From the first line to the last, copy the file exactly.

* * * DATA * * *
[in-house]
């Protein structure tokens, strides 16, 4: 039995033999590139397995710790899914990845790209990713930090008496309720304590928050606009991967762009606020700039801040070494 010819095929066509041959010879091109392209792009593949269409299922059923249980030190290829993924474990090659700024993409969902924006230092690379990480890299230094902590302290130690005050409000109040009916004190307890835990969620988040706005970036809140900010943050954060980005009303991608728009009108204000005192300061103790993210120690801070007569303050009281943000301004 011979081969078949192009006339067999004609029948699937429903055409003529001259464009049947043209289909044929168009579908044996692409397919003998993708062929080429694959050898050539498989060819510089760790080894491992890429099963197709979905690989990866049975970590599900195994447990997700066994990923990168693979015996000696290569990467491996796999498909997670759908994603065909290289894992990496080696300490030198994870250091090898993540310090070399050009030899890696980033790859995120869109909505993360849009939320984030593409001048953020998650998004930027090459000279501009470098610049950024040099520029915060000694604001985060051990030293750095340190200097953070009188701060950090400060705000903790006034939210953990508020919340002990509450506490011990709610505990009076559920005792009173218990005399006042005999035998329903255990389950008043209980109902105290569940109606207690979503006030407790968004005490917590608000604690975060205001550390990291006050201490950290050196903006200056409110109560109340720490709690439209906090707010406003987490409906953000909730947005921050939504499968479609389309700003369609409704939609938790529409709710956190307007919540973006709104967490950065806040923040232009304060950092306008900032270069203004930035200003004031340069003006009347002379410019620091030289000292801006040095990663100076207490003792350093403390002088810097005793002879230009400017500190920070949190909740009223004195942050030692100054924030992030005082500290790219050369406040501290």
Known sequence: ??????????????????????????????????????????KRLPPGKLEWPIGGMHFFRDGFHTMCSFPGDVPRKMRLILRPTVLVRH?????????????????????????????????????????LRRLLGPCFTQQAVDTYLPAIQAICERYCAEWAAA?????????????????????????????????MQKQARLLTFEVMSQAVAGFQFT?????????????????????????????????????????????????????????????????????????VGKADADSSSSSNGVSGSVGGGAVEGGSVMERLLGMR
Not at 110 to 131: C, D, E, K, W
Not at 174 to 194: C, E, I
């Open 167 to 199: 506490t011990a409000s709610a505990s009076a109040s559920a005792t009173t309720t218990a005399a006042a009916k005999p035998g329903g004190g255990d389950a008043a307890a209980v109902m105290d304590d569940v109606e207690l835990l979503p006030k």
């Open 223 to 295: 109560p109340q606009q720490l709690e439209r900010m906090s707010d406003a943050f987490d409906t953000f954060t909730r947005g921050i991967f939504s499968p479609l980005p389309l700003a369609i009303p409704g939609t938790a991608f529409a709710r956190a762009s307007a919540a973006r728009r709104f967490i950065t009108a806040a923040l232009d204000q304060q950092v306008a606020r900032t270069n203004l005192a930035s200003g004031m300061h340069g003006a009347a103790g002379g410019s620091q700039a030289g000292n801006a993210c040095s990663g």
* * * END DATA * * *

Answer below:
[in-house]
């Protein structure tokens, strides 16, 4: 039995033999590139397995710790899914990845790209990713930090008496309720304590928050606009991967762009606020700039801040070494 010819095929066509041959010879091109392209792009593949269409299922059923249980030190290829993924474990090659700024993409969902924006230092690379990480890299230094902590302290130690005050409000109040009916004190307890835990969620988040706005970036809140900010943050954060980005009303991608728009009108204000005192300061103790993210120690801070007569303050009281943000301004 011979081969078949192009006339067999004609029948699937429903055409003529001259464009049947043209289909044929168009579908044996692409397919003998993708062929080429694959050898050539498989060819510089760790080894491992890429099963197709979905690989990866049975970590599900195994447990997700066994990923990168693979015996000696290569990467491996796999498909997670759908994603065909290289894992990496080696300490030198994870250091090898993540310090070399050009030899890696980033790859995120869109909505993360849009939320984030593409001048953020998650998004930027090459000279501009470098610049950024040099520029915060000694604001985060051990030293750095340190200097953070009188701060950090400060705000903790006034939210953990508020919340002990509450506490011990709610505990009076559920005792009173218990005399006042005999035998329903255990389950008043209980109902105290569940109606207690979503006030407790968004005490917590608000604690975060205001550390990291006050201490950290050196903006200056409110109560109340720490709690439209906090707010406003987490409906953000909730947005921050939504499968479609389309700003369609409704939609938790529409709710956190307007919540973006709104967490950065806040923040232009304060950092306008900032270069203004930035200003004031340069003006009347002379410019620091030289000292801006040095990663100076207490003792350093403390002088810097005793002879230009400017500190920070949190909740009223004195942050030692100054924030992030005082500290790219050369406040501290």
Known sequence: ??????????????????????????????????????????KRLPPGKLEWPIGGMHFFRDGFHTMCSFPGDVPRKMRLILRPTVLVRH?????????????????????????????????????????LRRLLGPCFTQQAVDTYLPAIQAICERYCAEWAAA?????????????????????????????????MQKQARLLTFEVMSQAVAGFQFT?????????????????????????????????????????????????????????????????????????VGKADADSSSSSNGVSGSVGGGAVEGGSVMERLLGMR
Not at 110 to 131: C, D, E, K, W
Not at 174 to 194: C, E, I
């Open 167 to 199: 506490t011990a409000s709610a505990s009076a109040s559920a005792t009173t309720t218990a005399a006042a009916k005999p035998g329903g004190g255990d389950a008043a307890a209980v109902m105290d304590d569940v109606e207690l835990l979503p006030k």
């Open 223 to 295: 109560p109340q606009q720490l709690e439209r900010m906090s707010d406003a943050f987490d409906t953000f954060t909730r947005g921050i991967f939504s499968p479609l980005p389309l700003a369609i009303p409704g939609t938790a991608f529409a709710r956190a762009s307007a919540a973006r728009r709104f967490i950065t009108a806040a923040l232009d204000q304060q950092v306008a606020r900032t270069n203004l005192a930035s200003g004031m300061h340069g003006a009347a103790g002379g410019s620091q700039a030289g000292n801006a993210c040095s990663g």